CCK is a hormone released in the gut in response to a high-fat meal. I am interested in CCK because it is linked to post-meal fatigue, IBS, and lectin sensitivity. This may suggest that people who have high CCK levels and are lectin sensitive will do better not eating too much fat in their diet. Read this post to learn more.
CCK is a gut hormone that’s mainly released in response to a fat-rich meal.  Long chain fats (saturated, MUFAs, PUFAs) are especially potent CCK inducers.  A high protein diet also increases CCK. 
Studies will often use the fat from olive oil to induce CCK to release (oleate), which I’ve noticed pretty potently releases CCK for me.
CCK release almost certainly also follows a circadian rhythm and is likely released more in the daytime when our system is primed to eat. Hence, one reason why we get more tired after meals in the daytime.
I believe the overproduction of CCK is a large component of why lectins are bad for lectin sensitive people. However, I don’t believe they’re close to the full story. This is because I also get significant inflammation from many lectins, whereas I mostly just get a bit of IBS and fatigue from too much CCK (but only if I consume a lot of oil/fat).
If you wonder whether you are sensitive to lectins, try the Lectin Avoidance Diet. The SelfHacked Lectin Avoidance Diet cookbook comes with a companion guide which helps you determine if you are sensitive to lectins.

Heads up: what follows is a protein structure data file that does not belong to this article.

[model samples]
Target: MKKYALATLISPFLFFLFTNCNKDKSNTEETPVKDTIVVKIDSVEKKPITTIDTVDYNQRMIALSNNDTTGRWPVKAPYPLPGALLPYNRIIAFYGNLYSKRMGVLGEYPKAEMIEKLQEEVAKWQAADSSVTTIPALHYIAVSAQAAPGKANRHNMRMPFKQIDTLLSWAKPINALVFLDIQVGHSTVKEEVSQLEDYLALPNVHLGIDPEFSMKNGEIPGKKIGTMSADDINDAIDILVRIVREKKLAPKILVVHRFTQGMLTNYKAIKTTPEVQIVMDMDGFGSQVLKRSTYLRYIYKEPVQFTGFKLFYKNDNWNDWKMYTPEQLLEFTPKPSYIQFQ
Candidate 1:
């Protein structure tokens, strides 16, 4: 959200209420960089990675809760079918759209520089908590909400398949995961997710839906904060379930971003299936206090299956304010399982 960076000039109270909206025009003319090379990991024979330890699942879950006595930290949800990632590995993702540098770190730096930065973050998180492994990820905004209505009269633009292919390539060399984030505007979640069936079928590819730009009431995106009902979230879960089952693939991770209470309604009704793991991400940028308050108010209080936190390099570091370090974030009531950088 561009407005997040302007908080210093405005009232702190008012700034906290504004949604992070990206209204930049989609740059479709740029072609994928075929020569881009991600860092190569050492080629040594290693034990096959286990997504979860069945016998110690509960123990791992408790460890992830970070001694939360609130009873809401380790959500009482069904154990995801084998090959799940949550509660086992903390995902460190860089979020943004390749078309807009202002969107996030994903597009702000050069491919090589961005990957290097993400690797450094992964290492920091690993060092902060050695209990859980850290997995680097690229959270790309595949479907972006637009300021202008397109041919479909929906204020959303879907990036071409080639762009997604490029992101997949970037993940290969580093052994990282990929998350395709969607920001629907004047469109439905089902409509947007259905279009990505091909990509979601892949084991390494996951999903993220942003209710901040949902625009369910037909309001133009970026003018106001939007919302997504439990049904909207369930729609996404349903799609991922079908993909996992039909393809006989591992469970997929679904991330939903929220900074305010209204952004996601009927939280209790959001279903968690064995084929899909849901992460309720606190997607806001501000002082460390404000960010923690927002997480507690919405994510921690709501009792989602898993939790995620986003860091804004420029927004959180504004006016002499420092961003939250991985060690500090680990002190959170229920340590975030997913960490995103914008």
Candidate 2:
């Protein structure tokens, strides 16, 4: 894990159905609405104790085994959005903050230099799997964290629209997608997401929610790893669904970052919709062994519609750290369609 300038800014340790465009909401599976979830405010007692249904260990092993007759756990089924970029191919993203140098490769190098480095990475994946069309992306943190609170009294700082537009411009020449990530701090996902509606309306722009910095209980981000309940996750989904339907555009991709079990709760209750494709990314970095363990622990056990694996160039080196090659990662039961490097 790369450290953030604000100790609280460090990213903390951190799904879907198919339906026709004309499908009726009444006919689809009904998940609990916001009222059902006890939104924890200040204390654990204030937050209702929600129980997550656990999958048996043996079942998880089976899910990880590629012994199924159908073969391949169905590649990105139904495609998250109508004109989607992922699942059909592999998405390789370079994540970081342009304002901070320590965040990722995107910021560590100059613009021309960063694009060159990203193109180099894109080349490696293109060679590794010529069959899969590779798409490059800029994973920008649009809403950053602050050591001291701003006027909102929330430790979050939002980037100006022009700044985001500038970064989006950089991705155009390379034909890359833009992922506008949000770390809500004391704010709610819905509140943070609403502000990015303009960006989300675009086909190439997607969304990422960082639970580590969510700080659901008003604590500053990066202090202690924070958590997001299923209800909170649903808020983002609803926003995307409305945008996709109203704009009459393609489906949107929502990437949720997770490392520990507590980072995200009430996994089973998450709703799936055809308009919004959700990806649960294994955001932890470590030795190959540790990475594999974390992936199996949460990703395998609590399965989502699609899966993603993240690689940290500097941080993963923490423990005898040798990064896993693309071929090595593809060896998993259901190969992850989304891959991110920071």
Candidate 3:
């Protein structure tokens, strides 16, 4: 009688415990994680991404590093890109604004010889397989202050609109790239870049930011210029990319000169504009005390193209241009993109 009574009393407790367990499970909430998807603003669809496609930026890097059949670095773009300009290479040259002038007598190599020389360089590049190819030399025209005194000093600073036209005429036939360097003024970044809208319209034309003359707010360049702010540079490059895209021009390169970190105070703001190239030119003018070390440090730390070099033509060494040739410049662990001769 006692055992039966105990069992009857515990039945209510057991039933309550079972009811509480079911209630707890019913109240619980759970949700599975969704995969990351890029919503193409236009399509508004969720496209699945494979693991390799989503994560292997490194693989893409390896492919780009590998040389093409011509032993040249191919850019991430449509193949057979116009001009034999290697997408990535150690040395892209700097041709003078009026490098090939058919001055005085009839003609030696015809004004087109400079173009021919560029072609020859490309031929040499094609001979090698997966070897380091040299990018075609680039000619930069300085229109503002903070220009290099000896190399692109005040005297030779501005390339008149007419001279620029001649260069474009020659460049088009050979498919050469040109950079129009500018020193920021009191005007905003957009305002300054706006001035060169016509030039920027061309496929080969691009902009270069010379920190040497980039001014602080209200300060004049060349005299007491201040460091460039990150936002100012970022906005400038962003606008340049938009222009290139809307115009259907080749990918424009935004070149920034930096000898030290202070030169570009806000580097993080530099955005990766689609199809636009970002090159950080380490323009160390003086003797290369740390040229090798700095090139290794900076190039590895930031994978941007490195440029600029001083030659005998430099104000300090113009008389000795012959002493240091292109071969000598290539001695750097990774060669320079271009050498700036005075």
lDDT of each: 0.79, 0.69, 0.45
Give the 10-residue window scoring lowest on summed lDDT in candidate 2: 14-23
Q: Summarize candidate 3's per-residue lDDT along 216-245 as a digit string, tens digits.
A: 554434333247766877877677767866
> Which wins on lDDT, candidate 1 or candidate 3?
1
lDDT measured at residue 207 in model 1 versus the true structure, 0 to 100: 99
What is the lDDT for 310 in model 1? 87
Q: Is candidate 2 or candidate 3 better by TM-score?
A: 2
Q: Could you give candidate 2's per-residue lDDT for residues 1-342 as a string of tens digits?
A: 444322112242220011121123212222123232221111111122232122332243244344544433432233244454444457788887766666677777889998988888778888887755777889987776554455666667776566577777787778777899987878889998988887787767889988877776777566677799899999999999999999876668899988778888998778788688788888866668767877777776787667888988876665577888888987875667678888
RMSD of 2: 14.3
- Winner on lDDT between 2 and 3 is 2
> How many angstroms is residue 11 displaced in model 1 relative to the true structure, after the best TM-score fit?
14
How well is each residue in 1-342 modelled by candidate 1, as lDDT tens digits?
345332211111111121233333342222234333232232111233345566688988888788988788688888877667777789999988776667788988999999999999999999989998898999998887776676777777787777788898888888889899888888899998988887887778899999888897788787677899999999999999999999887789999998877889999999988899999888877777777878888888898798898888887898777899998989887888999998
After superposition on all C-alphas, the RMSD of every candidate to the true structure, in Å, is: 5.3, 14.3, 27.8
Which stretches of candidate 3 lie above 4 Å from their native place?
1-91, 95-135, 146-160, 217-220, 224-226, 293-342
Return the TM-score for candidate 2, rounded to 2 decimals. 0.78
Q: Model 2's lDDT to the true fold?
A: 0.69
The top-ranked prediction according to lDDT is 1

CCK: The Bad
People with IBS are more likely to release too much CCK (a gut hormone) in response to a fat-rich meal. 
CCK is the culprit that causes gas soon after eating. 
CCK increases bloating and decreases stomach acid secretion, which slows digestion. It decreases stomach acid by increasing bicarbonate. 
CCK activates your stress response .
Specifically, CCK increases CRH (bad stress hormone)  prolactin (anxiety hormone), ACTH and cortisol.  More ACTH is released in response to CCK when CRH is present.  It also increases aldosterone secretion, which will increase blood pressure and cause salt retention. 
Eventually, CCK leads to the release of 3alpha, 5alpha-THDOC (GABAA agonist), which combats its anxiety-producing effects.  However, I suspect that this mechanism might be defective in some people.
The effects of CCK vary between individuals. For example, in rats, CCK is more effective at reducing hunger in adult males (compared to younger rats and female rats). The hunger-suppressive effects of CCK also are reduced in obese rats. 
If your stress response is activated chronically (chronic CRH), that makes the anxiety effects of CCK worse and this leads to ‘hypersensitive emotional circuitry’. This is the case even if CRH isn’t elevated at the time of CCK secretion. 
CCK causes both hotness and coldness , which I experience when I eat lectins and this could be some of the reason why.
CCK induces drug tolerance to morphine and heroin , so if you’re a high CCK producer, stay away from that stuff like the plague.
CCK reduces the placebo effect. 
CCK: The Good
CCK was the first gut hormone reported to affect appetite and has been shown to dose-dependently reduce food intake and causes satiation in both rats and humans (especially CCKA). It rises within 15 min after a meal.